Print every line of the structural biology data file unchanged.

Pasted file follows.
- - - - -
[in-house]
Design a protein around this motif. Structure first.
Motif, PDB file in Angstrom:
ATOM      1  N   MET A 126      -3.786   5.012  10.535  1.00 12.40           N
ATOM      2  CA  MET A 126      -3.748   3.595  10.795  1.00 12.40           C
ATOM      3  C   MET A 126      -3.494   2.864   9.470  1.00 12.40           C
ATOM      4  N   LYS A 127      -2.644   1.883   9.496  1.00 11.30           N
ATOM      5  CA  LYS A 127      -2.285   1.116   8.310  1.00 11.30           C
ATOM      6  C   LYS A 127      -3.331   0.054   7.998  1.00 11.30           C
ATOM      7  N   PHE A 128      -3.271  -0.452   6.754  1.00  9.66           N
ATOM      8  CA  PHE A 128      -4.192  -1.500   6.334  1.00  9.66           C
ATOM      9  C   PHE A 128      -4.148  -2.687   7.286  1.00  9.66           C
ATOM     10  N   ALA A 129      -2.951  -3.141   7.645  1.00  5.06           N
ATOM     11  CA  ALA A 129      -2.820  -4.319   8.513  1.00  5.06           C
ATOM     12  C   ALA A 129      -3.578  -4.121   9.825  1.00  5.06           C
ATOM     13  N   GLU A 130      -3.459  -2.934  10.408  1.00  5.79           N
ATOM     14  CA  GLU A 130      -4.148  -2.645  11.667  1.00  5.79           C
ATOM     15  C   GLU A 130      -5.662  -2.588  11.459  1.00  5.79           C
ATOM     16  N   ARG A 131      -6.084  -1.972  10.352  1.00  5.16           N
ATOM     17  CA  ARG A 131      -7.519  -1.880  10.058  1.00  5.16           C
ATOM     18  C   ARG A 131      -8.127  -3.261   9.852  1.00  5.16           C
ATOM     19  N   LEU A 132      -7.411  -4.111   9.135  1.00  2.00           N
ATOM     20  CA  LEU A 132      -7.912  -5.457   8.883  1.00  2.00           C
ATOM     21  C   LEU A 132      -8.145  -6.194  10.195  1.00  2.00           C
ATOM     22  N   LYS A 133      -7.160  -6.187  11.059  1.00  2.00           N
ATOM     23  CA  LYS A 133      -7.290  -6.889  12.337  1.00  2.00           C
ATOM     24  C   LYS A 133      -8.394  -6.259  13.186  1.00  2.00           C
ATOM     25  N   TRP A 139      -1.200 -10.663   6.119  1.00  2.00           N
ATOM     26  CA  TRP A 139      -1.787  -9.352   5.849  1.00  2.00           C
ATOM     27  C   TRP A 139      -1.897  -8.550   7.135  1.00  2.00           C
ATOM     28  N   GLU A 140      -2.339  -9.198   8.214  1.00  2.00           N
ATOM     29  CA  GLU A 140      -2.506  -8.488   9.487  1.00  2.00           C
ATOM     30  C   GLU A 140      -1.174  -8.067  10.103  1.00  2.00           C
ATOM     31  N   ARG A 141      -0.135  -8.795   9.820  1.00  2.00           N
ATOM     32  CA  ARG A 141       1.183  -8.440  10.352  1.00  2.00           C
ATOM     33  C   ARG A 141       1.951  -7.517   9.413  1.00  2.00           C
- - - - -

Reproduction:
[in-house]
Design a protein around this motif. Structure first.
Motif, PDB file in Angstrom:
ATOM      1  N   MET A 126      -3.786   5.012  10.535  1.00 12.40           N
ATOM      2  CA  MET A 126      -3.748   3.595  10.795  1.00 12.40           C
ATOM      3  C   MET A 126      -3.494   2.864   9.470  1.00 12.40           C
ATOM      4  N   LYS A 127      -2.644   1.883   9.496  1.00 11.30           N
ATOM      5  CA  LYS A 127      -2.285   1.116   8.310  1.00 11.30           C
ATOM      6  C   LYS A 127      -3.331   0.054   7.998  1.00 11.30           C
ATOM      7  N   PHE A 128      -3.271  -0.452   6.754  1.00  9.66           N
ATOM      8  CA  PHE A 128      -4.192  -1.500   6.334  1.00  9.66           C
ATOM      9  C   PHE A 128      -4.148  -2.687   7.286  1.00  9.66           C
ATOM     10  N   ALA A 129      -2.951  -3.141   7.645  1.00  5.06           N
ATOM     11  CA  ALA A 129      -2.820  -4.319   8.513  1.00  5.06           C
ATOM     12  C   ALA A 129      -3.578  -4.121   9.825  1.00  5.06           C
ATOM     13  N   GLU A 130      -3.459  -2.934  10.408  1.00  5.79           N
ATOM     14  CA  GLU A 130      -4.148  -2.645  11.667  1.00  5.79           C
ATOM     15  C   GLU A 130      -5.662  -2.588  11.459  1.00  5.79           C
ATOM     16  N   ARG A 131      -6.084  -1.972  10.352  1.00  5.16           N
ATOM     17  CA  ARG A 131      -7.519  -1.880  10.058  1.00  5.16           C
ATOM     18  C   ARG A 131      -8.127  -3.261   9.852  1.00  5.16           C
ATOM     19  N   LEU A 132      -7.411  -4.111   9.135  1.00  2.00           N
ATOM     20  CA  LEU A 132      -7.912  -5.457   8.883  1.00  2.00           C
ATOM     21  C   LEU A 132      -8.145  -6.194  10.195  1.00  2.00           C
ATOM     22  N   LYS A 133      -7.160  -6.187  11.059  1.00  2.00           N
ATOM     23  CA  LYS A 133      -7.290  -6.889  12.337  1.00  2.00           C
ATOM     24  C   LYS A 133      -8.394  -6.259  13.186  1.00  2.00           C
ATOM     25  N   TRP A 139      -1.200 -10.663   6.119  1.00  2.00           N
ATOM     26  CA  TRP A 139      -1.787  -9.352   5.849  1.00  2.00           C
ATOM     27  C   TRP A 139      -1.897  -8.550   7.135  1.00  2.00           C
ATOM     28  N   GLU A 140      -2.339  -9.198   8.214  1.00  2.00           N
ATOM     29  CA  GLU A 140      -2.506  -8.488   9.487  1.00  2.00           C
ATOM     30  C   GLU A 140      -1.174  -8.067  10.103  1.00  2.00           C
ATOM     31  N   ARG A 141      -0.135  -8.795   9.820  1.00  2.00           N
ATOM     32  CA  ARG A 141       1.183  -8.440  10.352  1.00  2.00           C
ATOM     33  C   ARG A 141       1.951  -7.517   9.413  1.00  2.00           C